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Author Topic: Resistor in series with MOSFET gate?  (Read 1270 times)
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Hey, this is just a quick question.

On another post, I was having trouble with a mosfet and a motor and I mentioned the fact that I just had the output line hooked directly to the mosfet. Someone recommended having a 100-ohm resistor in series with the gate. What is the purpose of that? Is it just to protect the arduino in case you connect the wire into the wrong hole on the breadboard (e.g. the drain of the mosfet instead of the gate?) I had one of those "inductive spike suppressing" diodes. I thought that the fact that the gate is isolated and controlled by voltage instead of current was the advantage of a mosfet over a regular transistor.
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Rapa Nui
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..what kind of mosfet do you use? the power mosfets might have between 100pF to 3nF input capacitance on the gate, so based on application the 100ohm in series may help or may not help.. smiley
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Hey, this is just a quick question.

On another post, I was having trouble with a mosfet and a motor and I mentioned the fact that I just had the output line hooked directly to the mosfet. Someone recommended having a 100-ohm resistor in series with the gate. What is the purpose of that? Is it just to protect the arduino in case you connect the wire into the wrong hole on the breadboard (e.g. the drain of the mosfet instead of the gate?) I had one of those "inductive spike suppressing" diodes. I thought that the fact that the gate is isolated and controlled by voltage instead of current was the advantage of a mosfet over a regular transistor.

The main purpose of a series gate resistor on a mosfet is to limit the current peaks the arduino output pin has to supply to the gate. A mosfet gate acts like a capacitor as seen from the arduino output pin, in that it only draws current to charge (to turn on) or dischage (to turn off) the gate capacitance. After charging/discharging to full on or off, there is no current flowing from or to the output pin as the gate is insulated from the drain and source of the mosfet, but there is real current flowing during the switching transitions of off to on and on to off.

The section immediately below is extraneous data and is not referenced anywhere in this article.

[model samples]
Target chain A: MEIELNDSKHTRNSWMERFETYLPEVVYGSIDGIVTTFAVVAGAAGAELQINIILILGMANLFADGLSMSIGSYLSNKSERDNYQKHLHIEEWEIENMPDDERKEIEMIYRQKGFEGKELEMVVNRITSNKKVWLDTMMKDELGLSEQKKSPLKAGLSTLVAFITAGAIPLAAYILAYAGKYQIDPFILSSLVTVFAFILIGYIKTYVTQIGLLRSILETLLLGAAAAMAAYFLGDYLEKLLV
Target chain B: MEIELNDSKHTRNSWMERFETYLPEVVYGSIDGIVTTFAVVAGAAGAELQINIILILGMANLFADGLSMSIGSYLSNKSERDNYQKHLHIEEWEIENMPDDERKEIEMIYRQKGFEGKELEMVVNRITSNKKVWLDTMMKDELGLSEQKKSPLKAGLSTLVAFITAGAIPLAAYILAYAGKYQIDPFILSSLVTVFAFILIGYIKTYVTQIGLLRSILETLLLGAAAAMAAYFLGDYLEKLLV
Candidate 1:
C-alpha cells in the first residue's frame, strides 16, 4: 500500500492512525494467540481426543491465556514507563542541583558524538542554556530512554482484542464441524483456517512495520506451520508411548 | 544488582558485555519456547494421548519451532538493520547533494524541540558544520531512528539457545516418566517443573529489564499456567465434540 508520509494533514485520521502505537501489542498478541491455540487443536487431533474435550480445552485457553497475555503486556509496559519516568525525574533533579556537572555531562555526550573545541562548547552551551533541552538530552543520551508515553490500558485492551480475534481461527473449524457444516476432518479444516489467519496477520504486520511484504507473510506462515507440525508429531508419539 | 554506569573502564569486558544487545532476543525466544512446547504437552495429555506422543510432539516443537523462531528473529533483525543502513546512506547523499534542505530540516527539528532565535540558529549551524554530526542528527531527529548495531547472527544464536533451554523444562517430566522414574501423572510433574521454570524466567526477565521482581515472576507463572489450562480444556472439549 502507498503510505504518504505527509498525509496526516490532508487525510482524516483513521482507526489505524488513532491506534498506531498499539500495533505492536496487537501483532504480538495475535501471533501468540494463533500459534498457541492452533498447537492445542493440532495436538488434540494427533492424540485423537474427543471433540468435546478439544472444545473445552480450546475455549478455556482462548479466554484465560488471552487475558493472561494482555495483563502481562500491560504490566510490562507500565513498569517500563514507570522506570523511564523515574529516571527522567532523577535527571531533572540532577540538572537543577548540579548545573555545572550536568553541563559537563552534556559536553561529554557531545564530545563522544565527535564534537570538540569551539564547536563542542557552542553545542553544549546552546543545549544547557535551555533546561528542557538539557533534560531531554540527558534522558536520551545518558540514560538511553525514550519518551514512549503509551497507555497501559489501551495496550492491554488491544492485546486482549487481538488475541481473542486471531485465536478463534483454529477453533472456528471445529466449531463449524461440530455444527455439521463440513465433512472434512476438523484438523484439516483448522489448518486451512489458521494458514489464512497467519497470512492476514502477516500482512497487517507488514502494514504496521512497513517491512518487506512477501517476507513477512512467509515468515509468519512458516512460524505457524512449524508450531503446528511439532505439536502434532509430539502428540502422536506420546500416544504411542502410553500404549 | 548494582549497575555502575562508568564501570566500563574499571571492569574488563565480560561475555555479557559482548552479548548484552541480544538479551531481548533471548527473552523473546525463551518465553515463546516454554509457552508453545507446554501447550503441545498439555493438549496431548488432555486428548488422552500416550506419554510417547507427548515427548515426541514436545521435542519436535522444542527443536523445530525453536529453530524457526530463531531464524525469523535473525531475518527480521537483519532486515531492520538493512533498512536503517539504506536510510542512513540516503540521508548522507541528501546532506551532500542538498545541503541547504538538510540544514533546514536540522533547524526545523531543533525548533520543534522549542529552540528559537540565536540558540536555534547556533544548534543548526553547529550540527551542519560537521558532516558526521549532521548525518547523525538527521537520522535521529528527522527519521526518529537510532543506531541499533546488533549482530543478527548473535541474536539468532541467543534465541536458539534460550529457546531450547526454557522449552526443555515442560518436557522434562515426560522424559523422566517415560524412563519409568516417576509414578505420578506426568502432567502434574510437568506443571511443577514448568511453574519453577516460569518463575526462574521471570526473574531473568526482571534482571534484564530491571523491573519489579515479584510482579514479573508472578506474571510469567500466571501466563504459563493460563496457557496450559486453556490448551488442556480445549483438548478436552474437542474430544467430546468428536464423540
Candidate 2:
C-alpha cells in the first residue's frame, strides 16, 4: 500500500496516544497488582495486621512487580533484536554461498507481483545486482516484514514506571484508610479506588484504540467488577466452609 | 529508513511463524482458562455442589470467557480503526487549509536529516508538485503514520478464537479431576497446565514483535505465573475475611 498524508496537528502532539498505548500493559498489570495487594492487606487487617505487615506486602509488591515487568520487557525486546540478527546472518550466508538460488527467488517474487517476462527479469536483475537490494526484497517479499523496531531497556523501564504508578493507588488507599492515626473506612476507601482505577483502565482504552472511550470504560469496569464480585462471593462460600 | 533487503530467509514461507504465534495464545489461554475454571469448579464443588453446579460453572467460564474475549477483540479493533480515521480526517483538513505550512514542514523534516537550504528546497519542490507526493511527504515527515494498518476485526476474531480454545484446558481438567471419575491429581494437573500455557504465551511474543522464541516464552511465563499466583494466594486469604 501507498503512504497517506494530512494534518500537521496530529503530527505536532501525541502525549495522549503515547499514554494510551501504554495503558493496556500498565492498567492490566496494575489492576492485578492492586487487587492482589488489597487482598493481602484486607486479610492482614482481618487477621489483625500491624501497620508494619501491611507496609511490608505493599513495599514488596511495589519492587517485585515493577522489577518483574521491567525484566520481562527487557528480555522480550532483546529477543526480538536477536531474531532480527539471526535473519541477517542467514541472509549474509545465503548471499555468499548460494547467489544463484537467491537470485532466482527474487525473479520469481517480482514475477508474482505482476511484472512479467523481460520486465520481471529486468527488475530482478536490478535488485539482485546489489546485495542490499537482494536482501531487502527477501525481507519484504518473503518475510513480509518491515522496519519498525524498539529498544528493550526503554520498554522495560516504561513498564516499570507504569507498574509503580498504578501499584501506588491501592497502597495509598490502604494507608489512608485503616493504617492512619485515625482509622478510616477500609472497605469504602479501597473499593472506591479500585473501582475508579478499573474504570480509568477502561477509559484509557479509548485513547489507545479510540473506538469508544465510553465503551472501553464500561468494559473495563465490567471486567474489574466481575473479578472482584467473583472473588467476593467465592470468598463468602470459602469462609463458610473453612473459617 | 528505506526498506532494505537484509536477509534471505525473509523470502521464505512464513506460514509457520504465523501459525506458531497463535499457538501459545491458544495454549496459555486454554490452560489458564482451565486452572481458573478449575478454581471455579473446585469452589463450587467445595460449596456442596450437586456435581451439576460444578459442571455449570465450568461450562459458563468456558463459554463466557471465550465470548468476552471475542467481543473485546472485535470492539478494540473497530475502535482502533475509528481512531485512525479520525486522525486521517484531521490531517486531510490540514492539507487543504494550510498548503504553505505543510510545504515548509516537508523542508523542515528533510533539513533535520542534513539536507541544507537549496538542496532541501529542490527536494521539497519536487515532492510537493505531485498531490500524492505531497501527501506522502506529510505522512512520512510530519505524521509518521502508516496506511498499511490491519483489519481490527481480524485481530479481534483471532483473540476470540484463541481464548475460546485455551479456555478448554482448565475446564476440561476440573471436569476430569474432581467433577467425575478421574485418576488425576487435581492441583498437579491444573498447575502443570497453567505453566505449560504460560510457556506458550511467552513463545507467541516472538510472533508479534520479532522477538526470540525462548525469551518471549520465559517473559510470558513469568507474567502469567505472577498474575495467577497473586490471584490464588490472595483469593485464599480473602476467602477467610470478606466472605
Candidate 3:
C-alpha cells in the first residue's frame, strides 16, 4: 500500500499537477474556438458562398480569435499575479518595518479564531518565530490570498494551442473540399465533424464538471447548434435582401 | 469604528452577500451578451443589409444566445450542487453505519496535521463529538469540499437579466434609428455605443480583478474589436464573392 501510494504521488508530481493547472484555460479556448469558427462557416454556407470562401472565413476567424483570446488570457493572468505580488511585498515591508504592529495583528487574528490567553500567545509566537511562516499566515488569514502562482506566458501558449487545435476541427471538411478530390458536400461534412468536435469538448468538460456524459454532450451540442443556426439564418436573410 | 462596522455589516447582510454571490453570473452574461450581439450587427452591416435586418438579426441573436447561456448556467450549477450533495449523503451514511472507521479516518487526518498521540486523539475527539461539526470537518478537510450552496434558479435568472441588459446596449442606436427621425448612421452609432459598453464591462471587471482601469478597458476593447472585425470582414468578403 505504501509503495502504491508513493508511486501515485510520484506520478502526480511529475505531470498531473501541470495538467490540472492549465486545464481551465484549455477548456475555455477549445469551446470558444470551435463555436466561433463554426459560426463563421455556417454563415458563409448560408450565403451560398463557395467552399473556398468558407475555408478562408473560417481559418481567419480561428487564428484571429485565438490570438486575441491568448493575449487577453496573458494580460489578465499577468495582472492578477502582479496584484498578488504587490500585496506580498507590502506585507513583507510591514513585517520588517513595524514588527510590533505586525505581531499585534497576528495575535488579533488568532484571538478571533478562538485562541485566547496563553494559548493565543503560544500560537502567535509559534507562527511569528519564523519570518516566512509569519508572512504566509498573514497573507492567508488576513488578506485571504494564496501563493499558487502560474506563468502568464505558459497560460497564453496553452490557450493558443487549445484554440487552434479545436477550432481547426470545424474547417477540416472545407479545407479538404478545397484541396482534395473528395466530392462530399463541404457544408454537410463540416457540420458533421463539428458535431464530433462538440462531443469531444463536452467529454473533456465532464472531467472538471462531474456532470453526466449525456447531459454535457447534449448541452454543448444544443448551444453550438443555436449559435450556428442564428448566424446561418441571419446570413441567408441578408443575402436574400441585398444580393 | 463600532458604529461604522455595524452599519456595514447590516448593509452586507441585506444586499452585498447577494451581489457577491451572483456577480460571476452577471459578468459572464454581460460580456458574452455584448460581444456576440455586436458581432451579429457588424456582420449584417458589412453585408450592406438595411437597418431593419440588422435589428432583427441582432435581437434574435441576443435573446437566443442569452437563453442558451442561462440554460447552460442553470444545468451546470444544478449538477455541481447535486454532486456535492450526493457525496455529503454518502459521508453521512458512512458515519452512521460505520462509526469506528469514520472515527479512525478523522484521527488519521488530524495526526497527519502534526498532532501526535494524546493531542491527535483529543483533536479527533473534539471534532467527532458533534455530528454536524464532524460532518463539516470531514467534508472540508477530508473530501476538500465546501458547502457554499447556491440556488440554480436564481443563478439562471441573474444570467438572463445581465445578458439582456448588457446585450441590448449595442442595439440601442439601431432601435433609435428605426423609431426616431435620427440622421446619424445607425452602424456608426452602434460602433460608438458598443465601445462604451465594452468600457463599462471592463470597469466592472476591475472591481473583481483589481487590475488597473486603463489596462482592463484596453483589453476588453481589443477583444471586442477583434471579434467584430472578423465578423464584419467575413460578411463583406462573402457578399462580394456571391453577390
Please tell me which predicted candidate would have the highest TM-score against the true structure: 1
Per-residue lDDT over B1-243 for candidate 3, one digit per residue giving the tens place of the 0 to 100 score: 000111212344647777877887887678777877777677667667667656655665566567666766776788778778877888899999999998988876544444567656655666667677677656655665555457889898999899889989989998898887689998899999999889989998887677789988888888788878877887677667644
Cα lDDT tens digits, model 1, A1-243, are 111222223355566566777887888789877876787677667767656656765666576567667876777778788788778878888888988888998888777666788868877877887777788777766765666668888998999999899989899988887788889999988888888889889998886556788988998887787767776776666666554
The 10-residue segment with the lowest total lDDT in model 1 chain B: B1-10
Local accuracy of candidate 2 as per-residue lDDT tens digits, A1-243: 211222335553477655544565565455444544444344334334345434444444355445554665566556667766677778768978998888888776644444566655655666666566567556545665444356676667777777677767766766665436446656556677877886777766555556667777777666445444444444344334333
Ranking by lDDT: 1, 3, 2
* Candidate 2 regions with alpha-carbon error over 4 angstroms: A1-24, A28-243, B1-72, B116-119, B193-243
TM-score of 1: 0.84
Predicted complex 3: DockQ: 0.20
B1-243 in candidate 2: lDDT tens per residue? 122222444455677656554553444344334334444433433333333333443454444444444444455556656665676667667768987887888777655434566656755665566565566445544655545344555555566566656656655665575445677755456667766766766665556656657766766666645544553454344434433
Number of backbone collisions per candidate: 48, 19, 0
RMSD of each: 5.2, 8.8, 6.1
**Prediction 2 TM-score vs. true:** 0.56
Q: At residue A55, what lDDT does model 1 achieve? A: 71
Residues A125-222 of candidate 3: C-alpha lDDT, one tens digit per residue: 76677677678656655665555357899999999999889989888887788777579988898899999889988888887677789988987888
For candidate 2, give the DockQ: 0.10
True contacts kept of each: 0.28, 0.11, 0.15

That help?

Lefty
« Last Edit: August 19, 2012, 12:43:37 pm by retrolefty » Logged

Rapa Nui
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..therefore the power mosfets use drivers (ie special chips, transistors, etc) - as you need to supply a big current to charge/discharge their input capacitor fast.. when charging/discharging them slow (without having enough current) they may spend too much time in the "linear region" during the charging/discharging - thus producing a lot of heat (smoke) smiley
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Big power MOSFETs are quite large value capacitors (most of the capacitance is from gate to source, but some is from gate to drain which leads to issues at high-voltage operation.  The resistor protects the Arduino output pin from overload and perhaps also protects a little from spikes coming via the gate-drain capacitance from the drain. 

MOSFET specs always show a graph of total gate charge against gate-source voltage - its edifying to look at this as there is a plateau in the graph - this is all the charge needed to open up (widen) the source-drain channel as the drain current rises.  Typically charge might be something like 100nC.  To switch the MOSFET in 1us you'd need to provide 100mA - more than the Arduino can provide without risking the pin drivers from cooking. 

So with that resistor you'll be switching on the order of 10us perhaps - this allows PWM frequencies up to a kHz or so before switching losses become a definite issue.  Faster than that and a MOSFET driver (typically they provide 100mA to several amps to charge/discharge the gate capacitance in something like 50 to 150ns).  However such fast switching needs attention to circuit layout and stray inductance/capacitance.
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